Dear Elizabeth: A Play in Letters from Elizabeth Bishop to Robert Lowell and Back Again
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A moving, innovative play based on one of the greatest correspondences in literary history
From 1947 to 1977, Robert Lowell and Elizabeth Bishop exchanged more than four hundred letters. Describing the writing of their poems, their travel and daily illnesses, the pyrotechnics of their romantic relationships, and the profound affection they had for each other, these missives are the most intimate record available of both poets and one of the greatest correspondences in American literature.
The playwright Sarah Ruhl fell in love with these letters and set herself an unusual challenge: to turn this thirty-year exchange into a stage play, and to bring to life the friendship of two writers who were rarely even in the same country. As innovative as it is moving, Dear Elizabeth gives voice to a conversation that lived mostly in writing, illuminating some of the finest poems of the twentieth century and the minds that produced them.
you my last letter, I wanted to write another taking it back. Elizabeth and I are happily back together … after the voyage to Somes Sound. It was rich in undramatic mishaps. We went ashore … Elizabeth had drunk a whole water tumbler of the martinis to which she is allergic. She sprawled on the fore-cabin and began to discuss sotto voce an amazingly frank and detailed reappraisal of our entire marriage. It went on for an hour and a half. She said that we were all leaving the next day for Boston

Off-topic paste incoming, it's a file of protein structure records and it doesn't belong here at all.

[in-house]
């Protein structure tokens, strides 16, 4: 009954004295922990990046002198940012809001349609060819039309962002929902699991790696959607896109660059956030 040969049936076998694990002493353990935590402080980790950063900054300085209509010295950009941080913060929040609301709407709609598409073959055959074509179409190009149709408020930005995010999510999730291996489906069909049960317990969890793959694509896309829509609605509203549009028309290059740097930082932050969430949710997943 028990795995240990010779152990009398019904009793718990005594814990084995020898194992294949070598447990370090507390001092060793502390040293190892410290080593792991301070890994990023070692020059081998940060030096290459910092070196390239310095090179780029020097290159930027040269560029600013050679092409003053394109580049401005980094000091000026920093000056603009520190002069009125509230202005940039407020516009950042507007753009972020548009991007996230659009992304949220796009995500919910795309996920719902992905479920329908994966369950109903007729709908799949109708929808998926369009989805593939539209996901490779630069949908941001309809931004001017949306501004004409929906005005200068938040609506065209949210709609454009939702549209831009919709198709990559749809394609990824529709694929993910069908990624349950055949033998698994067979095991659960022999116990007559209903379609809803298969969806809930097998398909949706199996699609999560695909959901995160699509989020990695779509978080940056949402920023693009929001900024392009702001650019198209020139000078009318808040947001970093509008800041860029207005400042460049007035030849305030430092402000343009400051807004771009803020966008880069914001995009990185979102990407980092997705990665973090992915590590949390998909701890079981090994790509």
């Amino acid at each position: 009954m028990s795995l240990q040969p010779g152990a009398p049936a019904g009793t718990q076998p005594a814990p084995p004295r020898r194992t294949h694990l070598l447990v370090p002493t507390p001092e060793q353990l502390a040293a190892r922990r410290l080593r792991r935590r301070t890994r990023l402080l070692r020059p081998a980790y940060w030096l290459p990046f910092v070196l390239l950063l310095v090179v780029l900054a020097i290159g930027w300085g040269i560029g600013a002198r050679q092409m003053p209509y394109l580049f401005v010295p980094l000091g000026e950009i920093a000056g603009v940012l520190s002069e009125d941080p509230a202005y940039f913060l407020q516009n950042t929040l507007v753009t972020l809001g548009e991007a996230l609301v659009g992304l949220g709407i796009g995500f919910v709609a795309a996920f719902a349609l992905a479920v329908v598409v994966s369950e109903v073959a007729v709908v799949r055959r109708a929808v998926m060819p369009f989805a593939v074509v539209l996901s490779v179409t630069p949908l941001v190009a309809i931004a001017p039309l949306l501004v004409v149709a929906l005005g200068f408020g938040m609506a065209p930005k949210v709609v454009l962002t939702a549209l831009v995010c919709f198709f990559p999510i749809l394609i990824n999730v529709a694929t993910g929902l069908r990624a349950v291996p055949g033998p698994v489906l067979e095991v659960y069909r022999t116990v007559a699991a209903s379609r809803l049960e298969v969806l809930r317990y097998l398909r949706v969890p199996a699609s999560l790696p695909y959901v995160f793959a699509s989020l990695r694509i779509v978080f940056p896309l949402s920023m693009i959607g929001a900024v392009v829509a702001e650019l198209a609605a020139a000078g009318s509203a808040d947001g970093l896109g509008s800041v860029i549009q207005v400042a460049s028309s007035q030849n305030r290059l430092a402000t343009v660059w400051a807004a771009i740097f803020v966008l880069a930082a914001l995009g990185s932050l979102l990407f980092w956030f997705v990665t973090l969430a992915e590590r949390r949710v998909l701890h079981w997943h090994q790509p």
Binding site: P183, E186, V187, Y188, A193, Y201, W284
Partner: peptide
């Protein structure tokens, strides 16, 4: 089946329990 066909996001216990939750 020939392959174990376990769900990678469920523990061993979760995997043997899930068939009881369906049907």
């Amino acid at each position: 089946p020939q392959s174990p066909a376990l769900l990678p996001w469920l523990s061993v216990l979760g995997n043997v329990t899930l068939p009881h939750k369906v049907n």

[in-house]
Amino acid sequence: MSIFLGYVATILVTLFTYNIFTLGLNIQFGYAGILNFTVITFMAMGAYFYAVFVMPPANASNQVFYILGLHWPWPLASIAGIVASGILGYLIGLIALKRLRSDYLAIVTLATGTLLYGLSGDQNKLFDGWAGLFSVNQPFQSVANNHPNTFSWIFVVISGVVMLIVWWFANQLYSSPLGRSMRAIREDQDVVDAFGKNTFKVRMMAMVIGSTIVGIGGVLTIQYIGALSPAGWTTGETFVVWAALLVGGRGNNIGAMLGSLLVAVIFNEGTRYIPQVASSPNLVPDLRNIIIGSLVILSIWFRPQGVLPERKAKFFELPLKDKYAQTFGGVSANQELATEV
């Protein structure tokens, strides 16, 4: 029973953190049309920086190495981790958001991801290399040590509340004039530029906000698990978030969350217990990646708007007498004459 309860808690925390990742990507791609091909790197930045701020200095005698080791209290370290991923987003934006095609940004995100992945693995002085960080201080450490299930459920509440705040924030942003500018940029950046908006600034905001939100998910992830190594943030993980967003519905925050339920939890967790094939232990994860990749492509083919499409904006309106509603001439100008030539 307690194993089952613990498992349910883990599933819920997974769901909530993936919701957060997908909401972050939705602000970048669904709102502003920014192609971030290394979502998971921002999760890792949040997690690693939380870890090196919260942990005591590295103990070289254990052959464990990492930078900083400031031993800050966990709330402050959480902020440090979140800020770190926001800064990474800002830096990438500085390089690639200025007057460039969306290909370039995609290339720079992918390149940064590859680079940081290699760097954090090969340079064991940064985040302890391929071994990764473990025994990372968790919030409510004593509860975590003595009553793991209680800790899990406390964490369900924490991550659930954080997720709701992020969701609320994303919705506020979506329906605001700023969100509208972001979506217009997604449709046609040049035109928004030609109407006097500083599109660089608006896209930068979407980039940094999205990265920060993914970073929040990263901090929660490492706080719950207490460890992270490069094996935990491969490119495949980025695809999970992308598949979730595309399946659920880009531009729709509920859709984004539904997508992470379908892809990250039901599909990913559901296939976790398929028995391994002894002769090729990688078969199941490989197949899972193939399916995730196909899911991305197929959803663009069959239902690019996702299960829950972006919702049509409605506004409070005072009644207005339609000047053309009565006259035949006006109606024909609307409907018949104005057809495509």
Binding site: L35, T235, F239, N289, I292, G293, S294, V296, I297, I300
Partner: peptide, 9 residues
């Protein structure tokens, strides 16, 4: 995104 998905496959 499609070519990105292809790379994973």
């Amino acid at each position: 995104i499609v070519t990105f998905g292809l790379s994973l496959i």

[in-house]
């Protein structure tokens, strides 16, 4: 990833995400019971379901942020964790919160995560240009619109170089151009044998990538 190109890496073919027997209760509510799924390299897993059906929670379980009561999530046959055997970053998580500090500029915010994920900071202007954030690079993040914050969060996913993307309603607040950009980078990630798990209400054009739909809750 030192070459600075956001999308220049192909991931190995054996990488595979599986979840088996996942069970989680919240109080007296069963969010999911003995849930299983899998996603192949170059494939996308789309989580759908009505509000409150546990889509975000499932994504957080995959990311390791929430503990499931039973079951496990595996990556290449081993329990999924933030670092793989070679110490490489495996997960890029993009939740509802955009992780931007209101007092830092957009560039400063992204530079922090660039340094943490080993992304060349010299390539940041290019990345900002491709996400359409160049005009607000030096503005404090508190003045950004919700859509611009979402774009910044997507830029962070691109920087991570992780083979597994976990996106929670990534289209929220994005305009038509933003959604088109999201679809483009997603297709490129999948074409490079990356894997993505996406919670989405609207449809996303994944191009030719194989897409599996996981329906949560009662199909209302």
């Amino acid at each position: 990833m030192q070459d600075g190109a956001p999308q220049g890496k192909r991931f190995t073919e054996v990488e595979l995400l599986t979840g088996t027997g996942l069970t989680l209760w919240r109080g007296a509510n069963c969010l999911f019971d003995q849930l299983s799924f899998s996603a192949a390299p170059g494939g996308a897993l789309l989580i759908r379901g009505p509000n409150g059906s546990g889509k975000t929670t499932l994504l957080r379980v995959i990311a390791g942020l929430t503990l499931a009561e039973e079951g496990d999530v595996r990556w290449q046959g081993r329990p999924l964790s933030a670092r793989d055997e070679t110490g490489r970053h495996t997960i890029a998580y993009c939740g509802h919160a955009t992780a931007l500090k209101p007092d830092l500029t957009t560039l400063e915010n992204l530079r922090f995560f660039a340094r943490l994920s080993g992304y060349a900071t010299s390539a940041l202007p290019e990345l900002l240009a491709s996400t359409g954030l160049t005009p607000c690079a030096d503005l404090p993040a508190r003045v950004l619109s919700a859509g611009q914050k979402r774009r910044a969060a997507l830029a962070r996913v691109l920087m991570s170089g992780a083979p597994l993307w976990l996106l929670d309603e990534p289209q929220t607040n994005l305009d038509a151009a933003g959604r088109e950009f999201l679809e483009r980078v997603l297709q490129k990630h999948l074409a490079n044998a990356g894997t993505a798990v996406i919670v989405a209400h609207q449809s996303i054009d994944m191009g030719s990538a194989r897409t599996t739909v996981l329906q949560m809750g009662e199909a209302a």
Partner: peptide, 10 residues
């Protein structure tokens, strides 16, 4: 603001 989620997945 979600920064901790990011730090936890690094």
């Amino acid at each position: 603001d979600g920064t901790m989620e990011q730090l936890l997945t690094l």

good—no, gorgeous lines—I’ll show you my underlinings sometime— Well, I’ll see you in Cambridge or New York—and maybe in North Haven next summer— She looks up sharply. She breathes in. Then she stands up and reads the following poem. While she reads, Robert Lowell casually rises from the dead. He leans against a wall and listens to the poem. BISHOP North Haven In memoriam: Robert Lowell The goldfinches are back, or others like them, and the white-throated sparrow’s five-note song,
the audience as though they are in the act of composing them. They should feel in the moment of discovering the thought for the first time. They might even read them from the page at times. My first impulse when creating this piece was mainly to hear these letters read out loud. So I can imagine full productions of the play, including water, ladders, and moons; and I can also imagine stripped-down versions in which the main event is hearing two actors, or two readers, simply read the thing out
gross, slovenly, mean and brutally verbose as you want. She stands with her suitcase. You absolutely must leave Yaddo and your horrible archeologist lover and join us in Florence. She exits. He looks puzzled, and slightly wounded, watching her exit. Dear Elizabeth, Write soon and tell us about Brazil. Why Brazil? Brazilian music. Part Three: Brazil They age somehow. Bishop enters. SUBTITLE: Rio de Janeiro, Brazil, March 21, 1952 BISHOP Dear Cal, I wanted to go around the world
ladder. Or appears to jump off a ladder. But maybe he just disappears into thin air. The record ends. He reappears. She looks up. LOWELL I want you and Lota to know that I am at last in reverse. I am taking my anti-manic pills—75 mgs. of sparine, no more than what my doctor prescribed on the bottle but too much to drive or even see people much. The effect is something like the slowing and ache of a medium fever. I want you to know … Oh, dear, I wanted you to know so many things …